Mallory v. Norfolk Southern Railway Co.:
What the Supreme Court’s Latest Decision Means for Corporations with Interstate Operations

By: Lauren Culver

In Mallory v. Norfolk Southern Railway Co.,1 a 5-4 decision, the U.S. Supreme Court held a Pennsylvania law requiring certain out-of-state corporations to submit to general personal jurisdiction in the state’s courts, did not violate the Due Process Clause of the Fourteenth Amendment. In so holding, the majority upheld “tag jurisdiction” against corporations in any state where those corporations are registered to do business and where the state statutes have similar consent requirements.

Virginian Robert Mallory sued his former employer, Norfolk Southern, alleging he was exposed to cancer-causing chemicals while he was working in Virginia and Ohio. Mallory filed suit in Pennsylvania on the theory the railroad’s registration to do business in Pennsylvania gave that state’s courts personal jurisdiction over the railroad. The Pennsylvania Supreme Court dismissed the case in 2021, reasoning the state’s long-arm statute, which gave its courts general jurisdiction over any out-of-state railway or insurance company registered to do business there, violated due process.2 That same year, the Georgia Supreme Court reached the opposite conclusion in Cooper Tire & Rubber Co. v. McCall,3 holding a corporation is subject to general jurisdiction if it is registered and authorized to do business in Georgia and that the requirements of the Georgia Long Arm statute do not apply to out of state corporations that are registered to do business in Georgia.4 

In light of the split authority between Georgia and Pennsylvania, the United States Supreme Court granted certiorari to decide whether the Due Process Clause of the Fourteenth Amendment prohibits a state from requiring an out-of-state corporation to consent to personal jurisdiction in order to do business there. Justice Gorsuch, writing for the majority, concluded this question was resolved in Pennsylvania Fire Ins. Co. of Philadelphia v. Gold Issue Mining & Milling Co.,5 where the Supreme Court unanimously held laws like Pennsylvania’s long-arm statute are consistent with the Due Process Clause. The majority noted the Pennsylvania statute is clear that “qualification as a foreign corporation” shall permit state courts to “exercise general personal jurisdiction” over a registered foreign corporation, just as they can over domestic corporations. This “consent by registration” effectively allows an out-of-state company to be subjected to the state’s jurisdiction regardless of how much business the company actually does in the state.

The court rejected Norfolk Southern’s argument that International Shoe Co. v. Washington,6 which established the “minimum contacts” test for determining whether a court has personal jurisdiction over a defendant, undermined Pennsylvania Fire. The Mallory majority reasoned International Shoe addressed personal jurisdiction of a company that had not consented to in-state lawsuits, and therefore was consistent with Pennsylvania Fire’s analysis of a situation where there was corporate consent to general personal jurisdiction. The majority pointed out that Norfolk Southern had extensive contacts with Pennsylvania and complied with Pennsylvania’s registration requirements for decades. According to the majority, Norfolk Southern’s registration in Pennsylvania gave the company the benefits and burdens shared by domestic corporations, including amenability to suit in state court on any claim.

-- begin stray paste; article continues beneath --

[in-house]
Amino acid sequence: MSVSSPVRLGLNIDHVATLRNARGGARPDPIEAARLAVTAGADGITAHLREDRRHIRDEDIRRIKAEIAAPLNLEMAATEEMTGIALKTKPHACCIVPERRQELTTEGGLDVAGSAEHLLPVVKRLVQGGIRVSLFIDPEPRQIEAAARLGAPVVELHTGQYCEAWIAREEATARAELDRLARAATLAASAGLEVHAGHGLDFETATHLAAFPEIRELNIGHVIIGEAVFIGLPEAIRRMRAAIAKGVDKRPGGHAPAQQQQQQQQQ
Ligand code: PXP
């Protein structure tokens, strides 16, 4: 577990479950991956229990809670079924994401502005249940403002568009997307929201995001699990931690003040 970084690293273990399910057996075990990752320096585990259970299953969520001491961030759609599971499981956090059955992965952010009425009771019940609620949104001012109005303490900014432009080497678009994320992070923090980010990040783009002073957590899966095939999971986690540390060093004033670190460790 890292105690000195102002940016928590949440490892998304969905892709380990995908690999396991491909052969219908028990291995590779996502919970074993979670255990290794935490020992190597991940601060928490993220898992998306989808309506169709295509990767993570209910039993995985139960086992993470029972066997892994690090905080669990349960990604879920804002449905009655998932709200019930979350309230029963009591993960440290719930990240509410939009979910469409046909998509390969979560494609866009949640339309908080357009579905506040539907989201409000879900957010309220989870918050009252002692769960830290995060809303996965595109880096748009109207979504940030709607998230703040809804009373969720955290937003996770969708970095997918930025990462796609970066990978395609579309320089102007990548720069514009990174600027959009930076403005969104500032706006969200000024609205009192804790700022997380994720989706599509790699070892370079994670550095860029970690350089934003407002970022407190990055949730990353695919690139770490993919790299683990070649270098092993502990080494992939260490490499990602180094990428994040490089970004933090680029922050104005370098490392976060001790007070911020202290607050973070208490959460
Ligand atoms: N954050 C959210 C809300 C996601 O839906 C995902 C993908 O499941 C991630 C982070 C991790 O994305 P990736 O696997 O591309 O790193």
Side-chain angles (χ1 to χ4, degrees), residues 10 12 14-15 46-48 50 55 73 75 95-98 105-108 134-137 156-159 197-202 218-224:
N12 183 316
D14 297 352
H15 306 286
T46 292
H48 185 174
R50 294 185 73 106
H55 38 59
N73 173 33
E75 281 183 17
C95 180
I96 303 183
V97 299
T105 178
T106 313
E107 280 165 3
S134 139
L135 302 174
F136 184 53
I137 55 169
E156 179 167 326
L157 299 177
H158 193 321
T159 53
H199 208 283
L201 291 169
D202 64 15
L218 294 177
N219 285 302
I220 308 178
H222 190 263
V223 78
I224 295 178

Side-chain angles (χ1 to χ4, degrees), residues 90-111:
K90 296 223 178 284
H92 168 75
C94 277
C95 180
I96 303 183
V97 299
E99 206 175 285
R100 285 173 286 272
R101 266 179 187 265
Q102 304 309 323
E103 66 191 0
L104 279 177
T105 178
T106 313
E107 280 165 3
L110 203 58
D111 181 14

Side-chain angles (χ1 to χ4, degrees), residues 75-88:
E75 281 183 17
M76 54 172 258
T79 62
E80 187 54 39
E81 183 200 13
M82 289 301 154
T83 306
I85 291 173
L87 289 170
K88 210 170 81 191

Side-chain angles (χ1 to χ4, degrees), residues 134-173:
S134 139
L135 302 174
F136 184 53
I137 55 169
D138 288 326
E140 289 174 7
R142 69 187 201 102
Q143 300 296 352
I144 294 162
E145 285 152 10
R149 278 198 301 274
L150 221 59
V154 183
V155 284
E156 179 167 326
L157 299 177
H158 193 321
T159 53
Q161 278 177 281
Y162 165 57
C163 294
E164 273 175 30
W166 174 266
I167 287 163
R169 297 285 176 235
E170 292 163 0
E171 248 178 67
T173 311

Justice Alito wrote separately, concurring in part and concurring in the judgment. While he agreed Pennsylvania’s long-arm statute did not violate the Due Process Clause, he was not convinced the U.S. Constitution allowed states to impose consent-by-registration laws. Justice Alito noted the Pennsylvania Supreme Court had not addressed Norfolk Southern’s argument that the long-arm statute violated the Constitution’s dormant Commerce Clause, and Norfolk Southern could press the Pennsylvania Supreme Court to rule on that issue on remand.

The dissenting Justices read the court’s precedent differently, finding International Shoe established the Due Process Clause does not allow state courts to assert general jurisdiction over foreign defendants simply because they do business in the state. According to the dissent, state laws compelling corporations to consent to personal jurisdiction should not be allowed to circumvent the settled rule established in International Shoe. The minority expressed its disapproval of states manufacturing “consent” to personal jurisdiction through such laws.

After Mallory, corporations could find themselves in unexpected forums based on their business registrations. This decision could set off a flurry of forum shopping, but, as Justice Alito’s concurrence shows, the due process analysis is not the final word on the matter. The judicial decisions following the Supreme Court’s remand will determine whether general personal jurisdiction over corporations is as broad as the Mallory majority opinion seems to suggest. 

1 2023 WL 4187749 (U.S. June 27, 2023).
2 Mallory v. Norfolk S. Ry. Co., 266 A.3d 542, 546 (Pa. 2021).
3 312 Ga. 422, 437 (2021).
4 Id.
5 243 U.S. 93 (1917).
6 326 U.S. 310 (1945).

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Lauren Culver 

After Mallory, corporations could find themselves in unexpected forums based on their business registrations.
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